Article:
- This person would run with focus and good form.
- This person goes running even when they don’t feel like it, or the weather isn’t perfect.
Step 2. Create A Mental Movie
Once you have a list of character traits and actions, write out a movie script where you see yourself performing said actions and inhibiting those character traits.
For example, a paragraph of your movie script could read like this:
“I get up before sunrise so that I can get a run in before my workday starts. As I brew a cup of coffee, I give thanks that I get to run in a few minutes and start the day with an hour of solitude and time for myself. While drinking my coffee, I put on my running clothes that I laid out the night before.
I head out with a clear goal for this run and focus my attention on my body. I run with good form, relaxed and self-confident. I easily enter a flow state and enjoy the fresh air, the sounds of the early morning, and the sounds of my footsteps on the ground.
I finish my run happy and knowing that I already achieved something that matters to me.
I cool down, stretch and have a relaxing hot shower. Then it’s breakfast time, and I enjoy a healthy meal that refuels my body and helps with my recovery.”
Step 3. Watch Your Mental Movie Daily
Once you have a movie script, you will practice watching it daily. You are changing your subconscious beliefs about yourself and your identity as a runner by doing this.
According to Dr. Maltz, your nervous system “cannot tell the difference between an actual experience and an experience imagined vividly and in detail.” That means by regularly picturing yourself as a confident and successful runner in your mind’s eye, you program yourself to act as your ideal running self in real life.
Over time your behavior in your outer world will reflect the behavior of your ideal in your inner world. However, as with any aspect of your training plan, consistency is key.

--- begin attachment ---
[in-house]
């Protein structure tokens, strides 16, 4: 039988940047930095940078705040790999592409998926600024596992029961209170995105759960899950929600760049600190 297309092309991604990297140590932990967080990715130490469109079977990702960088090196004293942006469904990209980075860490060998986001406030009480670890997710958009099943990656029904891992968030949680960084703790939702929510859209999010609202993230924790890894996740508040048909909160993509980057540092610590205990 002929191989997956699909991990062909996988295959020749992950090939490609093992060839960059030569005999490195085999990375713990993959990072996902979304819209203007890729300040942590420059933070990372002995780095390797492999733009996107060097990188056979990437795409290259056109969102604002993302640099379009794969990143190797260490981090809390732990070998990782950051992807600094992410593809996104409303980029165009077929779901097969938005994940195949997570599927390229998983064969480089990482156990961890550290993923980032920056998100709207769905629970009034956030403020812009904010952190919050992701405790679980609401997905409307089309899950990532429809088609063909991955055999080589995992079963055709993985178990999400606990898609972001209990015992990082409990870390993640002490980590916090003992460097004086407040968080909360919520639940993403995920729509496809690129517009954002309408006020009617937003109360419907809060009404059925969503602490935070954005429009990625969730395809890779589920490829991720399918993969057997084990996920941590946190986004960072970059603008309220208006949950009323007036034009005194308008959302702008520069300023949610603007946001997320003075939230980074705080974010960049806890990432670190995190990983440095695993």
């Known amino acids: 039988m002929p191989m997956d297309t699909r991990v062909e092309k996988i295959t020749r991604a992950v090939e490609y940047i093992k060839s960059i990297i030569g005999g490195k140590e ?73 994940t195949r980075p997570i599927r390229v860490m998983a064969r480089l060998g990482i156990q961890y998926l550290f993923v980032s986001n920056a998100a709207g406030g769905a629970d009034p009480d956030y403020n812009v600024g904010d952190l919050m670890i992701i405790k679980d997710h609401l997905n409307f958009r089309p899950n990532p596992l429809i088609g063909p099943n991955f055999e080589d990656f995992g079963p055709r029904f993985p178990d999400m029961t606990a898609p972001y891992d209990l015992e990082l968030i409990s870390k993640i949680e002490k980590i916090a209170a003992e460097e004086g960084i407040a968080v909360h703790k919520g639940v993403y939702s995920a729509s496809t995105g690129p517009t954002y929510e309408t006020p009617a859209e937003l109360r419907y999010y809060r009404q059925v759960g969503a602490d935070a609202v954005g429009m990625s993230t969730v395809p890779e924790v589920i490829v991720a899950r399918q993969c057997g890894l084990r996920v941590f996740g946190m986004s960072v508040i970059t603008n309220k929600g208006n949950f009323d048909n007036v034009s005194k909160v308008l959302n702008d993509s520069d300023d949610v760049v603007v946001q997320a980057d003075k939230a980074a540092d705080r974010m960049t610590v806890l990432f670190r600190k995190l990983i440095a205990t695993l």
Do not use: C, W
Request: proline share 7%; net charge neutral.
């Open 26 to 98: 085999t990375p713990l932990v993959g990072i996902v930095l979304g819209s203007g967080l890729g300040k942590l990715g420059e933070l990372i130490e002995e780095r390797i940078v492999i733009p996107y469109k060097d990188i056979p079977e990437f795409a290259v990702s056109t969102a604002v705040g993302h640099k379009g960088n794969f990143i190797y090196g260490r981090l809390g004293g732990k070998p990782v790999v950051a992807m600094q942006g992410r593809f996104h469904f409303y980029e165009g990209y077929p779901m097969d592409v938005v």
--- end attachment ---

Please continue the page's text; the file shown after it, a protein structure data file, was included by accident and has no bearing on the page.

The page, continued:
Set aside at least 10 minutes per day, where you can be uninterrupted. Find a quiet space, close your eyes and imagine yourself being in a cinema. Try to see the curtains, the chairs and smell the popcorn and cola. Find your favorite seat and make yourself comfortable.
Then start the movie.
Put yourself on the screen and see yourself acting like your ideal running self.
See how you overcome challenges during training runs and how you push yourself to be your best when you hit a tough spot during a race. See yourself performing every action with focus and confidence.
It is best to play your mental movie at night before going to sleep. This is because you want your subconscious to go to work and help you achieve the goals you set for yourself.
And the subconscious needs relaxation to work well. The best creatives have known this and used sleep, going for a walk, or other forms of relaxation for generating ideas or solutions to problems they have been working on.
The evening is perfect for viewing your mental movie, as your subconscious has several hours of sleep to work on your goals. As Thomas Edison said: “Never go to sleep without a request to your subconscious.”
Once you are using mental movies to recreate your ideal running self, listen to hunches and ideas that may come to you during random times of the day.
Act on them. It is important to stress that you still have to take action consistently towards achieving your goals.
However, suppose your self-image as a runner is that of a slow, undisciplined, or self-conscious one. In that case, you will have a more challenging time achieving any ambitious running goals you set for yourself.
Using mental pictures to change your self-image will make goal achievement easier and more fun.